46. I know I am late to the table, but I wanted to input my thoughts. I hope you are all well, I have missed you, fortunately it has been mostly due to having a lot of billable hours. Hopefully I can find a balance soon.

    Philosophically I agree with those in the “insure yourself” camp. Ultimately, taking care of yourself is up to, well, yourself. I do, however, agree with USW’s premise that you cannot just remove the current safety nets overnight without causing a lot of negative repercussions. People are not acclimated to personal responsibility and I would prefer an option that gave them the opportunity to adjust to losing the net, rather than simply yanking it out from under them. More importantly, our governmental system is designed to prevent sudden changes, anyone wielding the power to make massive and sudden changes has consolidated too much power and is in violation of our checks and balances. As such, a transition must be devised that is both compassionate to those who currently depend on the safety net and, more importantly, could actually be passed by an intelligent group of representatives (I state it that way because there is no solution to this issue that would ever be passed by our current elected officials, since they are actively seeking the opposite of what we all seek. Any “realism” I refer to in my solutions assumes that actual representative government returns, or the solution is one which I think would be permissible on a campaign platform).

    I have been unemployed a few times in the last decade. I am in the IT industry, and that industry has become more and more competitive, as well as increasingly inclined towards temporary and contract work rather than full time or long term employment. That is fine with me, I prefer working for myself anyway. During periods of unemployment I have done everything from moving pianos to just surviving on freelance work, which I am now doing full time. I do know that deviating form your industry for too long can hurt your chances getting back into your field, especially in a fast changing industry like mine. I also know that in most cases, not working for a long time is worse than working in another field. As such, I think unemployment benefits that motivate one to wait till they get a job in their field or an “equivalent job” is potentially damaging to someone’s career. Still, I get the motivation not to just take another job that is outside of their career path. Its all about what you can afford to do. I have never drawn unemployment, even when I could have, but I have no family or dependents, and I have a good circle of friends and family that I could crash with when I had to on a couple of occasions. Overall tho, while I cannot fault those who have used unemployment to ease the impact of a job loss and effectively transition to a new job, I personally would not do that because my personal philosophy will not allow it. I think Mrs. Weapon is one of many who have used the safety net as it was intended: softened the blow of the job loss and got back off as soon as possible. Still, I would prefer a world where no such safety net existed, since it is so easy to abuse such a system, and so many people get sucked into the false sense of security and fail to put out the effort they are capable of, thus costing the employed people of the country.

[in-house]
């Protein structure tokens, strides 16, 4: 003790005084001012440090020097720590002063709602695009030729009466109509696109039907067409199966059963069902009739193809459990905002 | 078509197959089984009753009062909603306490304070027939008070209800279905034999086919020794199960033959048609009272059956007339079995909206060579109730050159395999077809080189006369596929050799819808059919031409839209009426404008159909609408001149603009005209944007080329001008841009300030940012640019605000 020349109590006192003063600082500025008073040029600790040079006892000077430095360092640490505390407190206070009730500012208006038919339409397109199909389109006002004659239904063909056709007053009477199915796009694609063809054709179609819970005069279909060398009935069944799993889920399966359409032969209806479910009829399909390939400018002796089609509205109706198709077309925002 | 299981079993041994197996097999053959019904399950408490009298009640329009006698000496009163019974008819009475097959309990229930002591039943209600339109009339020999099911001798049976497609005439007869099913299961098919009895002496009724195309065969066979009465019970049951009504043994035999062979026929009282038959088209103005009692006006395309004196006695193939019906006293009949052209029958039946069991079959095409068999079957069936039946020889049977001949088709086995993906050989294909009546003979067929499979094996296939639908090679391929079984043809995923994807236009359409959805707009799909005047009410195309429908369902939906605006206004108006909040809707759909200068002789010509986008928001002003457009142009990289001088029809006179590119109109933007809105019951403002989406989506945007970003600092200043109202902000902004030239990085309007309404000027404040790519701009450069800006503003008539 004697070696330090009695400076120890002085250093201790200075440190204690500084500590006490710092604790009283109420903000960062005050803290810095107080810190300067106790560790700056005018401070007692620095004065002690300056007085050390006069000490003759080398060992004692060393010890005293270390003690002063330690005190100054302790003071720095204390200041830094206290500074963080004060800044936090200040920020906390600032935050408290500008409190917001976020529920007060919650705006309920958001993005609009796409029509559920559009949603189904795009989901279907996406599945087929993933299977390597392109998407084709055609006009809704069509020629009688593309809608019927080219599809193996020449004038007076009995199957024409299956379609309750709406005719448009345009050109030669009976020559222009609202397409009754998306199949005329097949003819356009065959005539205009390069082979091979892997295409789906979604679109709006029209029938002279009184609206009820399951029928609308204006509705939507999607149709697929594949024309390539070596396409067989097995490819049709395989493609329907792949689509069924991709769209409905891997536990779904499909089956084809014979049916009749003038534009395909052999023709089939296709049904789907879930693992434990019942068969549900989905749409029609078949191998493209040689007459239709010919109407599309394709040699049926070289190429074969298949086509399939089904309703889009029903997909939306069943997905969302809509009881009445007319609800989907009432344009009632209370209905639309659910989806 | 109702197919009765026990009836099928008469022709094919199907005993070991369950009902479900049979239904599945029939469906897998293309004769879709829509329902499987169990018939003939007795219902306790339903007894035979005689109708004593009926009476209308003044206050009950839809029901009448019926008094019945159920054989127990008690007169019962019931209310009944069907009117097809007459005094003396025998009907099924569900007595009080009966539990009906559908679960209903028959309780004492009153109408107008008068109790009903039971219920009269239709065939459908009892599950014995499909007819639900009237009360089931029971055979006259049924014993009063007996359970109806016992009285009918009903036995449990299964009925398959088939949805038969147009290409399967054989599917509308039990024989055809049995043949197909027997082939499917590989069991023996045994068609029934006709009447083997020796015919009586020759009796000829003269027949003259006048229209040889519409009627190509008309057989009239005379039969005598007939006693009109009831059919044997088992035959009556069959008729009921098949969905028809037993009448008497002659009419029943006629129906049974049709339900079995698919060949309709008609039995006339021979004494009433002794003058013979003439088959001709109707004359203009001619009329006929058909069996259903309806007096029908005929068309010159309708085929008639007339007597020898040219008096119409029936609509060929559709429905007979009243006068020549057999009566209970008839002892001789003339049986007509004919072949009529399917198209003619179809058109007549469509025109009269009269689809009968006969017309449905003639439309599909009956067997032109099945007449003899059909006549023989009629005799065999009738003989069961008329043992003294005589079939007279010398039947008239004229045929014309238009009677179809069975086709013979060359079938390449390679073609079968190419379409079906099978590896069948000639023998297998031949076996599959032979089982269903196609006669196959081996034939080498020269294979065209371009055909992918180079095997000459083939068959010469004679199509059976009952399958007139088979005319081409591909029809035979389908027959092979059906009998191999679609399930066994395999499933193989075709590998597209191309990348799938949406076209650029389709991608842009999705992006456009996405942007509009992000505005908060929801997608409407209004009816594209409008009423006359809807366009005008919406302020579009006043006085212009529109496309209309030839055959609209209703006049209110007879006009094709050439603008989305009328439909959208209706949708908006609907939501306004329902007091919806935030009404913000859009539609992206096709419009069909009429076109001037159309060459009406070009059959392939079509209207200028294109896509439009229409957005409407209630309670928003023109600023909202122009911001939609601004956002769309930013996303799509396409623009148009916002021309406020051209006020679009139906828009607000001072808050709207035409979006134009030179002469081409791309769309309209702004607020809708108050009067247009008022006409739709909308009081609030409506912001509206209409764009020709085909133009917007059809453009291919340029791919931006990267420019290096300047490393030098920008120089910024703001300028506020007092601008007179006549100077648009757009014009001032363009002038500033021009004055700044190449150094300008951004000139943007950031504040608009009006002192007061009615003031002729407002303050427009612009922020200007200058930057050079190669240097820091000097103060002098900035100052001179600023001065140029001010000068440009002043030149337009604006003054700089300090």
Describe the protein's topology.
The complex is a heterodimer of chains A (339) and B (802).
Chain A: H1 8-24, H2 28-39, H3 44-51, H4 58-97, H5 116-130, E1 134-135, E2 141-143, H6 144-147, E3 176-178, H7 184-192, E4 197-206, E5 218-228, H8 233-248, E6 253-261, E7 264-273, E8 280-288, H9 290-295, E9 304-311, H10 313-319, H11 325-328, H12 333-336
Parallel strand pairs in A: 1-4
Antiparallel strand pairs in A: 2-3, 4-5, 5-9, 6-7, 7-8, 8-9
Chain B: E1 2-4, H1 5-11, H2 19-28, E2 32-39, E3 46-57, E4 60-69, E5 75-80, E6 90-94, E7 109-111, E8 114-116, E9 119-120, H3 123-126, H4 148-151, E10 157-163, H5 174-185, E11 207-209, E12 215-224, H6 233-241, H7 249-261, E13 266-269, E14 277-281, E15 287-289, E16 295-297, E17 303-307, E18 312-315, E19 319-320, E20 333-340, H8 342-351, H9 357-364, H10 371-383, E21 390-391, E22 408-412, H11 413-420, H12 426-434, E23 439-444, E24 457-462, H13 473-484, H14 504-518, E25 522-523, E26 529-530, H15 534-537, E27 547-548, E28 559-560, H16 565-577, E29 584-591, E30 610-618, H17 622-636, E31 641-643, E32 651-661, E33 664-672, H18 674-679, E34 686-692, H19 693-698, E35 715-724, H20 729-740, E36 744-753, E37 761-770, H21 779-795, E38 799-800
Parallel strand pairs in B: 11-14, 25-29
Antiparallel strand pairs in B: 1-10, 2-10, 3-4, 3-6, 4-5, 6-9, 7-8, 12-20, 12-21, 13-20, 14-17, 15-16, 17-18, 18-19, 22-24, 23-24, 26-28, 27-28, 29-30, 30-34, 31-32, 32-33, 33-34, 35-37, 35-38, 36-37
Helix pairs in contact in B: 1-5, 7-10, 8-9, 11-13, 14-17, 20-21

I tend to agree closest with Matthius’s proposal, with the exception of the budgetary controls and a few other details. My proposal would be thus:

    Stage One:
    1) Put a single,unchanging limit on the time for benefits, with a strict extension process, the extension would also have a fixed limit.

    2) Require some hours of work for monies received. Full time work may be unrealistic, as job hunting can take a lot of time. Certainly flexibility to permit time for appointments for interviews, job fairs, etc. Work would include a range of things and would be as close to the person’s skill set as possible, depending on what work needs to be done.

    3) Benefits should be less than the person would make if they found work. If short term or part time work is found that brings in less income than the government program, a part time version of the government program can still be used so that there is incentive to accept the part time work, partially removing the load from the government program.